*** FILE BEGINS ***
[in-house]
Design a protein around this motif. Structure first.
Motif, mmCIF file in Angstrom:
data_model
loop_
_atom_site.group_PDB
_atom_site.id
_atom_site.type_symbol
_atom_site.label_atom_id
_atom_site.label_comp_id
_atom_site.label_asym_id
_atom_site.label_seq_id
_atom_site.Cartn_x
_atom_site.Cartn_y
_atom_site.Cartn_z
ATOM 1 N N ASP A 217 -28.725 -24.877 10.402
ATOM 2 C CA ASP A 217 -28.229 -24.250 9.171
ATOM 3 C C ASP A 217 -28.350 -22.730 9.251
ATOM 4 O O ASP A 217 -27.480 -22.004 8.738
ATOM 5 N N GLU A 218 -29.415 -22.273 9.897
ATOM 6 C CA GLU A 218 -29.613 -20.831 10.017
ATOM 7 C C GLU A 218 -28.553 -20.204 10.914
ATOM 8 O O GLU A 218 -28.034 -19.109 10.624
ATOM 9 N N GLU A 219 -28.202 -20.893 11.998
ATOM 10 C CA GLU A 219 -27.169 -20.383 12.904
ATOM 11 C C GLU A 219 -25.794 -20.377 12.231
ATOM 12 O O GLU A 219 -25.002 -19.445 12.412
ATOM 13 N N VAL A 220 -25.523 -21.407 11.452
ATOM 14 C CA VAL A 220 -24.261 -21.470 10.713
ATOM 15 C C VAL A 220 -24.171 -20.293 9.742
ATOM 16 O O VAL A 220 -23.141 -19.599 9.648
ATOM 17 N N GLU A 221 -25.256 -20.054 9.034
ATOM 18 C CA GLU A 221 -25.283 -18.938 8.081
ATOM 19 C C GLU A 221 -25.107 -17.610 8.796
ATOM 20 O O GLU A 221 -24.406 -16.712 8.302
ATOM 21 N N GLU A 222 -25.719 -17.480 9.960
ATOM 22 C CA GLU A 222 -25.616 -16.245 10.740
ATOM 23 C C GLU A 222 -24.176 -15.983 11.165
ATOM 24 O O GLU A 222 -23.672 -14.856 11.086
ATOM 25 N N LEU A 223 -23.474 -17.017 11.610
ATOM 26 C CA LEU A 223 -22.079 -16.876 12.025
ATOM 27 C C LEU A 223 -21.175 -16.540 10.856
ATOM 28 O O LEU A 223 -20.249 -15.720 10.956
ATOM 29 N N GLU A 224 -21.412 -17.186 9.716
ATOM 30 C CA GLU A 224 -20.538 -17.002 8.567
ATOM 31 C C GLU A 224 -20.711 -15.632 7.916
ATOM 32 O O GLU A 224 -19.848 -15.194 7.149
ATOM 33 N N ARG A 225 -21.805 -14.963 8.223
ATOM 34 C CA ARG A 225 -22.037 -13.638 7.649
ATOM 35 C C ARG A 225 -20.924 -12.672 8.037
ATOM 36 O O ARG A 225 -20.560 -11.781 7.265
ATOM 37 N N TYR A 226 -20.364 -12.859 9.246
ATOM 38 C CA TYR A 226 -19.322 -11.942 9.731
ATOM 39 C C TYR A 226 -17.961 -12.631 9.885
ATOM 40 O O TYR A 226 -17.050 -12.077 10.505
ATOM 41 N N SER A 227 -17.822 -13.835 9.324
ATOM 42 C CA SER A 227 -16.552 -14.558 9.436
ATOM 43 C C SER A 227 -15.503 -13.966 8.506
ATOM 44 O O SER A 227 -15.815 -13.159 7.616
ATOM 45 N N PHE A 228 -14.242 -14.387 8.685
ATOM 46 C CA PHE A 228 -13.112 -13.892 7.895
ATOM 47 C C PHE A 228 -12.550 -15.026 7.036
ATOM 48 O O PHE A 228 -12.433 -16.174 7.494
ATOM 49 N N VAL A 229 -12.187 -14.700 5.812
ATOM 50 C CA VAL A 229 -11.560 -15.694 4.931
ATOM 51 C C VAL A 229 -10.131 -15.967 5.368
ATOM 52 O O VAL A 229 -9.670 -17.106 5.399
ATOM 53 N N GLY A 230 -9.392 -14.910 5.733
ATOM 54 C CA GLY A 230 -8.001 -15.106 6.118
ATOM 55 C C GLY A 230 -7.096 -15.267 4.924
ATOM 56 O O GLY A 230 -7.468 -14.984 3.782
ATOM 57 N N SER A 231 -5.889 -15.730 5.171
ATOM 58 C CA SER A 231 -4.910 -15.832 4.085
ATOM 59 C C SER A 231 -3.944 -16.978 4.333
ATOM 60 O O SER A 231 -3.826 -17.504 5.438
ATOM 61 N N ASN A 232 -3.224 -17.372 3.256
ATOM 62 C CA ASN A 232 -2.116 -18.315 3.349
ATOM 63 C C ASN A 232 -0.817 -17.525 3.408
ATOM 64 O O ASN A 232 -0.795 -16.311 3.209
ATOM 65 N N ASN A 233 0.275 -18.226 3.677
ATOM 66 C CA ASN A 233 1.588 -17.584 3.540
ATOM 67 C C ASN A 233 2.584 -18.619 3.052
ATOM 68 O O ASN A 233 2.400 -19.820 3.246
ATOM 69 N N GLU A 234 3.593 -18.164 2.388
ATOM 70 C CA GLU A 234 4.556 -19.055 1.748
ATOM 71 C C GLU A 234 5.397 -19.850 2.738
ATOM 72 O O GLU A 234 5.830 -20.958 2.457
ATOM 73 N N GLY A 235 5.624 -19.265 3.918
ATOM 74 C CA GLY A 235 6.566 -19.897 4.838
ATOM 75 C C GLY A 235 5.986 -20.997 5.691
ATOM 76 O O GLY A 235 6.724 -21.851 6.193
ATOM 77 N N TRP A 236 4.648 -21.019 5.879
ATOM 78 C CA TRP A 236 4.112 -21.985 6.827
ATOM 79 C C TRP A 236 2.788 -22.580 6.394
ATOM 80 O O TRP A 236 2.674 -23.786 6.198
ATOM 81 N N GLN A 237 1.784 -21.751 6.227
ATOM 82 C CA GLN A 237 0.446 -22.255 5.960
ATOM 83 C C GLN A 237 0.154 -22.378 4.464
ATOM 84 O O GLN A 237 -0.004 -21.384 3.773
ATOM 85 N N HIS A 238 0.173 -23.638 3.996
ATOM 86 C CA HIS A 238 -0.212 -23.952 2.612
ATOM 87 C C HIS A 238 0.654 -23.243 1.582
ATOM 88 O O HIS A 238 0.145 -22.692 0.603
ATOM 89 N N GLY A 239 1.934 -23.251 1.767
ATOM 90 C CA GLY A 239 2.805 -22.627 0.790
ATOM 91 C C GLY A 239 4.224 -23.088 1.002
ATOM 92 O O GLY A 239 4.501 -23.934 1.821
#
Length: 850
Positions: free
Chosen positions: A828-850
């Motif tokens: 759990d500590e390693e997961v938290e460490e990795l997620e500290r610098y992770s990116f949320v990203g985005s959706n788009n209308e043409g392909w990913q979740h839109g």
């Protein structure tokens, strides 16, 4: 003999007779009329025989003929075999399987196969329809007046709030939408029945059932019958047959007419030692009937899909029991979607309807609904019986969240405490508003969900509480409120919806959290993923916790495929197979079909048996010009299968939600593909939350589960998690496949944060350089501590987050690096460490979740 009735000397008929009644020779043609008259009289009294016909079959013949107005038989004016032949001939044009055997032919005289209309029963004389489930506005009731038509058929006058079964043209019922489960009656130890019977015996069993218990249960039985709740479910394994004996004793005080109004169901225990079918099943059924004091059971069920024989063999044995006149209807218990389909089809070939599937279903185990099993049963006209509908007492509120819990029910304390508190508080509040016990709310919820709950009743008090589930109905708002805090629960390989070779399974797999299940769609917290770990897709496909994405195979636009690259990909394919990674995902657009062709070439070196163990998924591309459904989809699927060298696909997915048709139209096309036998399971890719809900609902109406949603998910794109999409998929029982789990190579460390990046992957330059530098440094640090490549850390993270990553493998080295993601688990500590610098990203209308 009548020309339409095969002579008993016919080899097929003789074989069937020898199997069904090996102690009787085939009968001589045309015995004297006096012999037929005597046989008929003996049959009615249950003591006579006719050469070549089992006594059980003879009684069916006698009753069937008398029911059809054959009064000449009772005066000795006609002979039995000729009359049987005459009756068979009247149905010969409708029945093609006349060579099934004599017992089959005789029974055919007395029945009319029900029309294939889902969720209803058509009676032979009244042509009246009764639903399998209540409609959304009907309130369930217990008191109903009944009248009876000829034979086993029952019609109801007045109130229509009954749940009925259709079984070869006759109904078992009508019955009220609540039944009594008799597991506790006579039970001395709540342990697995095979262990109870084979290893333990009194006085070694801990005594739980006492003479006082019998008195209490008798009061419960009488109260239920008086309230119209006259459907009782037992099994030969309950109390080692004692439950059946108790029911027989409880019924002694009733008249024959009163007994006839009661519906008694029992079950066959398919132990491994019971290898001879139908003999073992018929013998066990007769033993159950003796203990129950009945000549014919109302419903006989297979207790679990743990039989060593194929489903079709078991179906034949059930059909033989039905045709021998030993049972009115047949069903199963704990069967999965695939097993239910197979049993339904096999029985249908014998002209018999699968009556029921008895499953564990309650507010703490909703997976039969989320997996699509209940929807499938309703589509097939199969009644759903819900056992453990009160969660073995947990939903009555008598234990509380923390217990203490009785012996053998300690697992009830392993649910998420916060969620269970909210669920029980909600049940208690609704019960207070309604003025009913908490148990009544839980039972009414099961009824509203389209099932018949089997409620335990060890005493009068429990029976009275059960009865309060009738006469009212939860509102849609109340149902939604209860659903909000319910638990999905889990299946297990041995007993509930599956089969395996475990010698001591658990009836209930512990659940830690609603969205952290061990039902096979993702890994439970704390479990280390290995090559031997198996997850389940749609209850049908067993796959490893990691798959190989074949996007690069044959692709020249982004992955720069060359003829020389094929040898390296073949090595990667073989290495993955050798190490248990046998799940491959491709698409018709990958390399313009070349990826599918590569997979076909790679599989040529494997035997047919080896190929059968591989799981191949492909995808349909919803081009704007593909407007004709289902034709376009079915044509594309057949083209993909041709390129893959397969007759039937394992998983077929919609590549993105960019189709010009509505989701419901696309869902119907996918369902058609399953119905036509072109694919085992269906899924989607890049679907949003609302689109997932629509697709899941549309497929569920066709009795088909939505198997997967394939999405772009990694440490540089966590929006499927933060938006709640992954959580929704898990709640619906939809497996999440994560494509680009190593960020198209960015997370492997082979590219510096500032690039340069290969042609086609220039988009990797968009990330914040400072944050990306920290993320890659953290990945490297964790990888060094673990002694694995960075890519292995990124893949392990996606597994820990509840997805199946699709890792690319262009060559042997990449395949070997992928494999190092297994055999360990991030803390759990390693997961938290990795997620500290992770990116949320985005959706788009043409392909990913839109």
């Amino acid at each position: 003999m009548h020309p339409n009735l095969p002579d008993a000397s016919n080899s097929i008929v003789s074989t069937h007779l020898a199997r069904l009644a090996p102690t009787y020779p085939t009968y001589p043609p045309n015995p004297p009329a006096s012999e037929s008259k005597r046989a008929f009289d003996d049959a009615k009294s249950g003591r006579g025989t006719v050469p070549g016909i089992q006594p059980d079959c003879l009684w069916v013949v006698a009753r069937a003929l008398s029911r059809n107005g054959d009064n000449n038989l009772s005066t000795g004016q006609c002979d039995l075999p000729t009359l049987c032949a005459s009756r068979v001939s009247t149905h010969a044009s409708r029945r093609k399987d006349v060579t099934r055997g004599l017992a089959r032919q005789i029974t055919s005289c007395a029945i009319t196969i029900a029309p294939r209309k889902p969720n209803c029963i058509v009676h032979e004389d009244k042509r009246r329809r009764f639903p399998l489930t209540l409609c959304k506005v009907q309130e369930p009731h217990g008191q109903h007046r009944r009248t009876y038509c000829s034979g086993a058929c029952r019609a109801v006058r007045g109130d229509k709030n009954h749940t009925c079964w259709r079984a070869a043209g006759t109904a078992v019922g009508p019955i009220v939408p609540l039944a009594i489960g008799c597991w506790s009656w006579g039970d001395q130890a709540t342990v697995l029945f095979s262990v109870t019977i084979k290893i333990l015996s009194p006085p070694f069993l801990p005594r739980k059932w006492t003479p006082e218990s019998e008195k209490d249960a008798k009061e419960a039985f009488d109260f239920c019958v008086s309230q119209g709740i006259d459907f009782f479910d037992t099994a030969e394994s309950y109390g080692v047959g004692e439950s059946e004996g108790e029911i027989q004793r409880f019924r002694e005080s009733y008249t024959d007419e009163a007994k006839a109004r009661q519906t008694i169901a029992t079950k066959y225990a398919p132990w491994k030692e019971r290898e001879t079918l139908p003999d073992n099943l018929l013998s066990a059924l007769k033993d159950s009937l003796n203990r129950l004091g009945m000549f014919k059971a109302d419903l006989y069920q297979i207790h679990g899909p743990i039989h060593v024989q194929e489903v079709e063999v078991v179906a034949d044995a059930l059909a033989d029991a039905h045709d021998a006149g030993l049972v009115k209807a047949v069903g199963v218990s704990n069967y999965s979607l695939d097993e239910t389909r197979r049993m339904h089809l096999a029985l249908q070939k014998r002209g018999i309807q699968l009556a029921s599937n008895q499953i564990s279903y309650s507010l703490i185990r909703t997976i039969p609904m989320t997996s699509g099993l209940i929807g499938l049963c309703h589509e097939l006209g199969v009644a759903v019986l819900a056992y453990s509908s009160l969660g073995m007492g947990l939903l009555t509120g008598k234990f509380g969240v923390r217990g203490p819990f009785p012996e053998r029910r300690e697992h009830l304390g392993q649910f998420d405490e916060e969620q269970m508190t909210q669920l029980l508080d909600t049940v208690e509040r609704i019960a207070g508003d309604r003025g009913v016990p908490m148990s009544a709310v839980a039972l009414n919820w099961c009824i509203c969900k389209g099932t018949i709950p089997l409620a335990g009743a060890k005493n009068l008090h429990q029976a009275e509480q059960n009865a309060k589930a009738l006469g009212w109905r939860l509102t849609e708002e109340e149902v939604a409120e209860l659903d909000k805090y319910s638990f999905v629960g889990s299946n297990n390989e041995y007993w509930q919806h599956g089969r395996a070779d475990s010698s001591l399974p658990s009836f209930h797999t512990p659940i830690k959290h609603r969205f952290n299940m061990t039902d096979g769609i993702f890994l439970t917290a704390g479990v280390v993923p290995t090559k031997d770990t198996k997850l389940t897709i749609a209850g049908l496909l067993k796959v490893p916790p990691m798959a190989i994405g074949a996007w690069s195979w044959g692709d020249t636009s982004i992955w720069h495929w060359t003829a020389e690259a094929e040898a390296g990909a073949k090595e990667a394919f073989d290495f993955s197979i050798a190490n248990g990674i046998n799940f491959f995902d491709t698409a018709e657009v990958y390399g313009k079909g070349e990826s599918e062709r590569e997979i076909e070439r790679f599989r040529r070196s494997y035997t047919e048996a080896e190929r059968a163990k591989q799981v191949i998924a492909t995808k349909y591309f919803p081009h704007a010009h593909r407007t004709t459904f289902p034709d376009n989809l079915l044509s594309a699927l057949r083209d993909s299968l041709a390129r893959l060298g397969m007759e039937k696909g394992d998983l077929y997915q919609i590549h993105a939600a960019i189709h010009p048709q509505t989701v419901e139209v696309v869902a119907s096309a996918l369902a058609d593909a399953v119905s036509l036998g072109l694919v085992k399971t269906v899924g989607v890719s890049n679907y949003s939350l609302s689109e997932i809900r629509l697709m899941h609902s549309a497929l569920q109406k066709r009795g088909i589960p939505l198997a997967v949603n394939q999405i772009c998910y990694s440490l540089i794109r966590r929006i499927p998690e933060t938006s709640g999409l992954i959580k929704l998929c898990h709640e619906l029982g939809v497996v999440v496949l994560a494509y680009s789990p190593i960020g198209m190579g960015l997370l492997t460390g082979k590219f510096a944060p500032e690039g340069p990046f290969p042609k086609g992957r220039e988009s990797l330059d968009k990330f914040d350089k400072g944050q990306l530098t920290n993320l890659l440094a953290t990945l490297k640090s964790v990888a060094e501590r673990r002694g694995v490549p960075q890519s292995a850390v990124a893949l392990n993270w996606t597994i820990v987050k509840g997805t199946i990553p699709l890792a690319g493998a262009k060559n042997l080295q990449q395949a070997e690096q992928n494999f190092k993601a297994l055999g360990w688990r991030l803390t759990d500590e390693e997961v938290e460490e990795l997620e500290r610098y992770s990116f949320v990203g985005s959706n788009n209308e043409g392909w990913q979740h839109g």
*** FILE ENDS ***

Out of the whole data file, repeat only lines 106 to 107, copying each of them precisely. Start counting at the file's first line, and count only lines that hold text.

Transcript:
ATOM 91 C C GLY A 239 4.224 -23.088 1.002
ATOM 92 O O GLY A 239 4.501 -23.934 1.821